On Thursday, President Trump said that he will impose an additional 10% tariff on $300 billion of Chinese goods. The tariffs will start on September 1. The Chinese goods don’t include the $250 billion worth of goods that already have a 25% tariff. The stock market reacted sharply to President Trump’s comment. The S&P 500 Index fell 0.9%, while the Dow Jones Industrial Index fell 1.05% on Thursday. President Trump’s comment also impacted crude oil prices. On Thursday, the WTI near-month crude oil futures price fell approximately 8%—the steepest fall in more than three years.
Trade war impacts oil prices
China is the world’s second-largest crude oil consumer after the US. A prolonged trade war might cause a slowdown in China’s economy. Lower demand for oil would push oil prices lower. The latest tariffs on $300 billion worth of Chinese goods will likely impact US consumers earlier. The tariffs impact consumer and retail products. The tariffs might also impact US economic growth.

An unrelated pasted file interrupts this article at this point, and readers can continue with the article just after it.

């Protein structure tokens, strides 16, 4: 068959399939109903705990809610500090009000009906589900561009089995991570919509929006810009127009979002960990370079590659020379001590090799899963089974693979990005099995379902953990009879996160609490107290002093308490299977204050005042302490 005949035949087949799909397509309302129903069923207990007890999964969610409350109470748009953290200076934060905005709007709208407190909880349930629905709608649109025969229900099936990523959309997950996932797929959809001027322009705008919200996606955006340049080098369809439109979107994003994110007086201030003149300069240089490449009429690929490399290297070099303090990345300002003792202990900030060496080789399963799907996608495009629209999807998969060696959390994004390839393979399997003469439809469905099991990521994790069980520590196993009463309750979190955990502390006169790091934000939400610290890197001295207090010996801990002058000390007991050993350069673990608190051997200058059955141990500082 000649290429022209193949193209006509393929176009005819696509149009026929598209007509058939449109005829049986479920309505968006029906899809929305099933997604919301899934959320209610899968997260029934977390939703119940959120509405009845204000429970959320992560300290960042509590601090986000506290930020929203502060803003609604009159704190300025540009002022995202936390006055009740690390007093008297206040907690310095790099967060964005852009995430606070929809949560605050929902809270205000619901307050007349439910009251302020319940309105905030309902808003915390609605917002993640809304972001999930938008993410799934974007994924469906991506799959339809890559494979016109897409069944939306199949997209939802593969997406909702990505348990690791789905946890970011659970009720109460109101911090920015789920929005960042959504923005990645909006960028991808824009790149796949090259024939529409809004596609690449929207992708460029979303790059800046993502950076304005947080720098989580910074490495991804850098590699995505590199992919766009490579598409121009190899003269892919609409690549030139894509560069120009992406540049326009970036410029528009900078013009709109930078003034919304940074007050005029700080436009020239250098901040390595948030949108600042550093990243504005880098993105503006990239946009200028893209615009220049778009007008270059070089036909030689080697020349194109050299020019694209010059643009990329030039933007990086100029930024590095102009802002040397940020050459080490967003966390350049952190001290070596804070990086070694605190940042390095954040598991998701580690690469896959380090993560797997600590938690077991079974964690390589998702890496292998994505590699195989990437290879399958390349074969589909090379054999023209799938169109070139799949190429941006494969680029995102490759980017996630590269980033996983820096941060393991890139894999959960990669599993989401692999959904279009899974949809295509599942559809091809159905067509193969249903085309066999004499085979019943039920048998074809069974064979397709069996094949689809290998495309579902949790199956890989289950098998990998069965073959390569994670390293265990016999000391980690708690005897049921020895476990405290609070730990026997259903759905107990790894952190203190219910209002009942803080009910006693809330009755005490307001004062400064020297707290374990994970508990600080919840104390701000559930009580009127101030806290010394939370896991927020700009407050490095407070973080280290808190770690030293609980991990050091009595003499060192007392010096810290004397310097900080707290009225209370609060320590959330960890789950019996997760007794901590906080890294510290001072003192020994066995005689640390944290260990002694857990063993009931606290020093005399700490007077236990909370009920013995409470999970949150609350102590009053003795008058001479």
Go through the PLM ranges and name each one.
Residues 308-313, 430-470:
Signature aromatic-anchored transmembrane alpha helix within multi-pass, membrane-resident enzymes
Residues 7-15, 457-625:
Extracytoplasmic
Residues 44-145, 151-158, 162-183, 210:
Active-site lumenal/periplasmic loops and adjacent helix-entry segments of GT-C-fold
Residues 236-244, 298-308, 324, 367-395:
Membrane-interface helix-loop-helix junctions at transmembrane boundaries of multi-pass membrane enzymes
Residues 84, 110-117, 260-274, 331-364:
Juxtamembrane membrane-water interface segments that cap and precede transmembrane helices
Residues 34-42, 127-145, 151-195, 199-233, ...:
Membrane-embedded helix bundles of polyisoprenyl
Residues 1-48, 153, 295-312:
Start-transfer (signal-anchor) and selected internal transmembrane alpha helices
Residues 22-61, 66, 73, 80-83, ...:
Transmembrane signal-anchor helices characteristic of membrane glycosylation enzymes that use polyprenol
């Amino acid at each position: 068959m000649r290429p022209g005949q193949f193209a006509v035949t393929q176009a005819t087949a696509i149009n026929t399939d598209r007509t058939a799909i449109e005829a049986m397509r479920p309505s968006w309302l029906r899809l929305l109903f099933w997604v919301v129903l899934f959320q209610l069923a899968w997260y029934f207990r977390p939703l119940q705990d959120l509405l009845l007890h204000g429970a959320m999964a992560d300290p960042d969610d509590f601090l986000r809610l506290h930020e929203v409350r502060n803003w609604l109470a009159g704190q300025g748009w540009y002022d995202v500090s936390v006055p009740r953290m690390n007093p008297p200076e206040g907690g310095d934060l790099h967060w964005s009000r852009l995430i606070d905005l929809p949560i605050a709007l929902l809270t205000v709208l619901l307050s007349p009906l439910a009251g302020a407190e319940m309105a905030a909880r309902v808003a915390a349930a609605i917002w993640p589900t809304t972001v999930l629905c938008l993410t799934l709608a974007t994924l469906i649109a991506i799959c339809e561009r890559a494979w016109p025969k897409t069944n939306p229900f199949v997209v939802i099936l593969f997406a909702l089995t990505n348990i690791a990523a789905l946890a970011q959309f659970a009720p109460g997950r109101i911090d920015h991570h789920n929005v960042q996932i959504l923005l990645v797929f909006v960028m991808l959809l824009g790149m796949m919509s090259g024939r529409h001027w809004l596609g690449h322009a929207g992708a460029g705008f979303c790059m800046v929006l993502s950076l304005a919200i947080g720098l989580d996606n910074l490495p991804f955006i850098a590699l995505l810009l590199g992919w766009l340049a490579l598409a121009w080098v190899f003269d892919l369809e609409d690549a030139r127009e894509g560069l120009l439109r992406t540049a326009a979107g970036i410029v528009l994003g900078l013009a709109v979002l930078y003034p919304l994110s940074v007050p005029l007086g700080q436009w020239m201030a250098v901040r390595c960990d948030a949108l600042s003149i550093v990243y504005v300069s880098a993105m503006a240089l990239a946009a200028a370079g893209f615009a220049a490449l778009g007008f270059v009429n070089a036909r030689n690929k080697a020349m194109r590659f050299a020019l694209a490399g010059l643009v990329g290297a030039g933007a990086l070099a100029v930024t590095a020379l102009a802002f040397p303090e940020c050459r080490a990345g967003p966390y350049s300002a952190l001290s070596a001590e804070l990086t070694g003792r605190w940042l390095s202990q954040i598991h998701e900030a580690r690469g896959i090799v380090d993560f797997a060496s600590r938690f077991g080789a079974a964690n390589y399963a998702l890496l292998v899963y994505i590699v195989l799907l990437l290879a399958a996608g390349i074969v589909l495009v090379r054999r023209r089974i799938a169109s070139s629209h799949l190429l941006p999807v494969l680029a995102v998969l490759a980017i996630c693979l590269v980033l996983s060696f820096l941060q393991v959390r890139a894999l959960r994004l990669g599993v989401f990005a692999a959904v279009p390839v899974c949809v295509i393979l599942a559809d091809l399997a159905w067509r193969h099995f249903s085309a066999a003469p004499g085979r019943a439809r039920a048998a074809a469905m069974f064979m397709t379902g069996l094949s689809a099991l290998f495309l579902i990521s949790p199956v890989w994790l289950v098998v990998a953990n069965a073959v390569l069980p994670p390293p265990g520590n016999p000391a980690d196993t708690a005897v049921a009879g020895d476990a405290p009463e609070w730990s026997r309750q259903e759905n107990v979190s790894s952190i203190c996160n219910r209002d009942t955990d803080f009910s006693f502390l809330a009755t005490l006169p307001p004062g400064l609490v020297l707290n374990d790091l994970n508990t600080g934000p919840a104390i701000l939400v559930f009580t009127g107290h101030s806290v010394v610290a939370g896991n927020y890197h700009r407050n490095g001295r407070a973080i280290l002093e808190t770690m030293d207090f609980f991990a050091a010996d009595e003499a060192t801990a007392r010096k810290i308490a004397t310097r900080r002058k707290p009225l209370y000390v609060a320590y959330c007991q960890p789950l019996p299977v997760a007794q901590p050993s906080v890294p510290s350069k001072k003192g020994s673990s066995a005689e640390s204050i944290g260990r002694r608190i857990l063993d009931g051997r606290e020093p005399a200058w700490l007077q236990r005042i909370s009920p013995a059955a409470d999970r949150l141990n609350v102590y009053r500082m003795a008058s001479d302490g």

The IEA (International Energy Agency) reduced its 2019 oil demand forecast in July to 1.1 MMbpd (million barrels per day) amid the US-China trade war. Earlier, the agency reduced its demand forecast from 1.5 MMbpd to 1.2 MMbpd in June. Crude oil prices have fallen roughly 20% since May 2018 when the US imposed the current set of tariffs on China.
Impact on natural gas
The ongoing trade war isn’t just impacting crude oil demand and prices. The trade war is also impacting natural gas, especially LNG (liquefied natural gas). China is a key LNG buyer. The IEA predicts that China will account for more than 40% of the global gas demand growth by 2024. The trade war has also impacted Chinese LNG imports.